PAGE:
“Truly perfect is becoming friendly with your imperfections on the way to doing something remarkable”- Seth Godin
Many of us strive for perfection in our lives. In fact, perfectionism is often seen as a comfort, like having the perfect job, perfect partner, perfect children, perfect house, or finding the perfect vacation spot. So, being a perfectionist sounds like a good thing, right?
When you see others exhibiting perfectionist traits, it may be easier to spot the difficulty in their behavior. Perfectionists strive to be the best, do the best, and expect the best. But even when those expectations are seemingly achieved, the feelings of accomplishment and satisfaction are short-lived. Often this leads to anxiety and doubts about the “next time I will have to do better” or to focus on the flaws within that accomplishment. Perfection seems desirable but is impossible to attain.
The definition of a perfectionist is “someone who strives for or demands the highest standard of excellence.” Nothing wrong with that, right? Unfortunately, that same belief pattern is driving many of our children, teens, and college students to report an increased risk of anxiety, OCD, panic disorder, eating disorders, depression, and suicidal thoughts in recent years.
Perfectionism is based on extremely rigid concepts—failure is not an option. Some will often avoid tasks or procrastinate due to fear. They cannot chance making a mistake or be judged as fallible by others. Mistakes come with extreme self-criticism. Some may even avoid social interactions because of the exhaustion of keeping up with the perfectionistic self-image.
This is why the healthier counterpart to perfectionism is excellence. Excellence focuses on what’s right and working well rather than what’s not working. It helps to focus on the positive, acknowledge mistakes and errors, and learn from them—without the mental devastation of seeing mistakes as failures. Striving for excellence allows us to be more innovative and perhaps kinder to ourselves and others.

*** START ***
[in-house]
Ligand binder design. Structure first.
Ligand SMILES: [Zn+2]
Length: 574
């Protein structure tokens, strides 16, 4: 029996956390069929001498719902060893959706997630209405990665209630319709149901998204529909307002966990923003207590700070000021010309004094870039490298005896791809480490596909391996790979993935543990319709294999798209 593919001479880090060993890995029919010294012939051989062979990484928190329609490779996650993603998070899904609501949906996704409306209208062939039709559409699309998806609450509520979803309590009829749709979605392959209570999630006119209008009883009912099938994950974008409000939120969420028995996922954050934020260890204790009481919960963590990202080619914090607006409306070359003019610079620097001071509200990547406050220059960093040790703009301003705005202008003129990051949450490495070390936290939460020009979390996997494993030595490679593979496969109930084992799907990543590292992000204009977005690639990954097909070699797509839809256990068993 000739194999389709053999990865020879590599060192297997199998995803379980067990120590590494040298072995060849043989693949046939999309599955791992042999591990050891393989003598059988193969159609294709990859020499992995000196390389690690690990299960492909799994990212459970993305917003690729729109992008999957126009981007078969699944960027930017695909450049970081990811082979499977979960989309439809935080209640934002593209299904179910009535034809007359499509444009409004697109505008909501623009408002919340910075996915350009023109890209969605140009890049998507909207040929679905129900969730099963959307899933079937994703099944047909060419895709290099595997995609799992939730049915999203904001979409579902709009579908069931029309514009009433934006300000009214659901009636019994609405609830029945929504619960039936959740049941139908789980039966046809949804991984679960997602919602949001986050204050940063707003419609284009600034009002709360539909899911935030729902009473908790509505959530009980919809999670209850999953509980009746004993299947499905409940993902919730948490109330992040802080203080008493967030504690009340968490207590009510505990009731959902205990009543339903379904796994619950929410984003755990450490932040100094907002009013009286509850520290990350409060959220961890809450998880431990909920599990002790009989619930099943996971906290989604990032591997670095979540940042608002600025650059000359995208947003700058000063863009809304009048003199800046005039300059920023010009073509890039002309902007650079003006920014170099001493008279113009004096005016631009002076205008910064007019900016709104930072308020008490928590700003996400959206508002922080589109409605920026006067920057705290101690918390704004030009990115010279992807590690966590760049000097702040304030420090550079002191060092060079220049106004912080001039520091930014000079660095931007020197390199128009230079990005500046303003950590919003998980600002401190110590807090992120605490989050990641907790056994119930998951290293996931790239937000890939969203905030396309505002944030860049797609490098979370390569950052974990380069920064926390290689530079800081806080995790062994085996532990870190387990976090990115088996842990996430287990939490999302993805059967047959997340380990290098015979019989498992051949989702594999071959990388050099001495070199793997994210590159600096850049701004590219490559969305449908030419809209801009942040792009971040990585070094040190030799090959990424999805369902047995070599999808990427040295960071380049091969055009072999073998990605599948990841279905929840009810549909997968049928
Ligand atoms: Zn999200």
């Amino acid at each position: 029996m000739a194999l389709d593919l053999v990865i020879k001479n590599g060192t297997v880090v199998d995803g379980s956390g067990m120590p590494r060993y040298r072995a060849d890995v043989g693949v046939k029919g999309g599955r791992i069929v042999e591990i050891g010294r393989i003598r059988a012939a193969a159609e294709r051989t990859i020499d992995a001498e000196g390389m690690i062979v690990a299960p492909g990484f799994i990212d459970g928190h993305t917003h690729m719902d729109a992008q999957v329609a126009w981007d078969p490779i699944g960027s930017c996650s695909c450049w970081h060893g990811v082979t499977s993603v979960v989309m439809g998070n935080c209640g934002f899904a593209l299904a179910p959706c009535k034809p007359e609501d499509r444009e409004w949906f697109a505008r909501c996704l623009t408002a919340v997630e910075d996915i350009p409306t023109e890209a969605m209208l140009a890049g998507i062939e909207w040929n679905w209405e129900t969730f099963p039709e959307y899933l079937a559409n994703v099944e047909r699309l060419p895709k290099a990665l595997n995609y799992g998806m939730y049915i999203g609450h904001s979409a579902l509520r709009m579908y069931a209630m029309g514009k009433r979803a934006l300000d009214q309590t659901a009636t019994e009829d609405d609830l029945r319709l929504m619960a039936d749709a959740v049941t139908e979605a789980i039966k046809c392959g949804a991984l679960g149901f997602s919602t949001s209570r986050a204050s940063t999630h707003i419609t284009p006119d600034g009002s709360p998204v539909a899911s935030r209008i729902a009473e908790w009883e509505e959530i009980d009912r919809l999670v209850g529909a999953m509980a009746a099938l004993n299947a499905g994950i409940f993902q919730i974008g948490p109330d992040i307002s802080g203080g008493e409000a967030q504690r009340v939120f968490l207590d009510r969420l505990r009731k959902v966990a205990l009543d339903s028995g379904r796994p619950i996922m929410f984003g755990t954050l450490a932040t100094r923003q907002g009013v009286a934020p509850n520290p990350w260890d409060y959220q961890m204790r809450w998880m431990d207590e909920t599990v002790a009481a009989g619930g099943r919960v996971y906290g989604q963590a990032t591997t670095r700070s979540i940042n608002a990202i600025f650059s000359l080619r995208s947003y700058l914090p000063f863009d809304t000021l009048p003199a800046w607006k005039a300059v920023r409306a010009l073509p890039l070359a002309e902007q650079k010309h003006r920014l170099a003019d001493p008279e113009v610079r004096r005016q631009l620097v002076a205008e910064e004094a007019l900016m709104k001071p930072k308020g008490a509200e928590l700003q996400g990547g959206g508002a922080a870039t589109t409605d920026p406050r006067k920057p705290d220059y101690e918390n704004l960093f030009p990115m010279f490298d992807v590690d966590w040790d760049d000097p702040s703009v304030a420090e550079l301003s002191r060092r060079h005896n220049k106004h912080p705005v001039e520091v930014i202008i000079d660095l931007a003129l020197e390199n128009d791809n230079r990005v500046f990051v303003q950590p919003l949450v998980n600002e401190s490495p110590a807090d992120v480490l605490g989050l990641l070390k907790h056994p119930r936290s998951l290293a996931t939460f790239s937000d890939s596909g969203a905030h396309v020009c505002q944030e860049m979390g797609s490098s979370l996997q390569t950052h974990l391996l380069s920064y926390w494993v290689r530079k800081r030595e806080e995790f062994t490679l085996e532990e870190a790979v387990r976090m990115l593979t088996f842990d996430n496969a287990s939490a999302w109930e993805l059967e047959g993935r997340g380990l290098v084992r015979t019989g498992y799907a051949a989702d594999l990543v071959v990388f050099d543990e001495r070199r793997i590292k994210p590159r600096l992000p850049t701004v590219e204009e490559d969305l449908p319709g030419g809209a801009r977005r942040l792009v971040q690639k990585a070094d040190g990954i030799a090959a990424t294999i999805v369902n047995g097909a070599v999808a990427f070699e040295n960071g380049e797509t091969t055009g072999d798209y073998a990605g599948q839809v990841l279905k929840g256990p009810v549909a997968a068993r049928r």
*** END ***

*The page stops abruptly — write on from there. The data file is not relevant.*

In The CBT Workbook for Perfectionism, Sharon Martin LCSW describes the difference between the two concepts. “The primary difference between excellence and perfectionism is the way making mistakes or having flaws is viewed. As perfectionists, we tend to over-generalize mistakes and shortcomings. We take one mistake, use it, and deem ourselves complete failures or inferior. This thinking error keeps perfection stuck on the negatives and cannot see the potentially positive aspects of mistakes and imperfections when there are many benefits to embracing our imperfections and learning from our missteps”.
Perfectionism is damaging to our mental health, social interactions, and relationships. Many people have difficulty dealing with perfectionistic people and are either intimidated by them or avoid close relations with them. Adopting the “excellence” perspective will still keep high standards and expectations but will do so in a more realistic manner.
How does one stop being a perfectionist?
- Accept your limitations as a non-perfect being. Easier said than done, but practice makes perf- er; wait, not the best analogy, but you get the reference! This is a form of mindfulness that takes daily practice and brief exercises.
- Understand and confront your negative thoughts that continue patterns. “I’m not good enough. I can’t do it. It’s not perfect.” Cognitive Behavioral Therapy can assist with breaking these patterns if perfectionism is causing clinical distress and dysfunction in you or a family member.
- Seek out experiences in which you are not already competent. Find opportunities to test your skills and push hard enough that you fail—sometimes. Learning cannot occur without failure. If you’re never failing, you’re probably not stretching yourself enough.
- Practice excellence. Since no fear is attached to excellence, anyone can do it, and it’s realistic. Self-help books and online information can provide guidelines.
- Help friends and family members who are pushing for perfection. Be supportive, but be mindful of expectations. Remind others that you don’t desire or expect perfection. Your healthy attitude will shift their perspective.
Working with children/teens professionally as a coach and scout leader, the phrase I’ve found most useful was our past Cub Scout Motto: “Do Your Best.”
Dr. Stu Leeds is a clinical psychologist whose practice includes individual, marital, family, and group therapy of children, adolescents, and adults. Dr. Leeds also specializes in forensic psychology – evaluating and treating juvenile and adult offenders and performing risk/threat management assessments.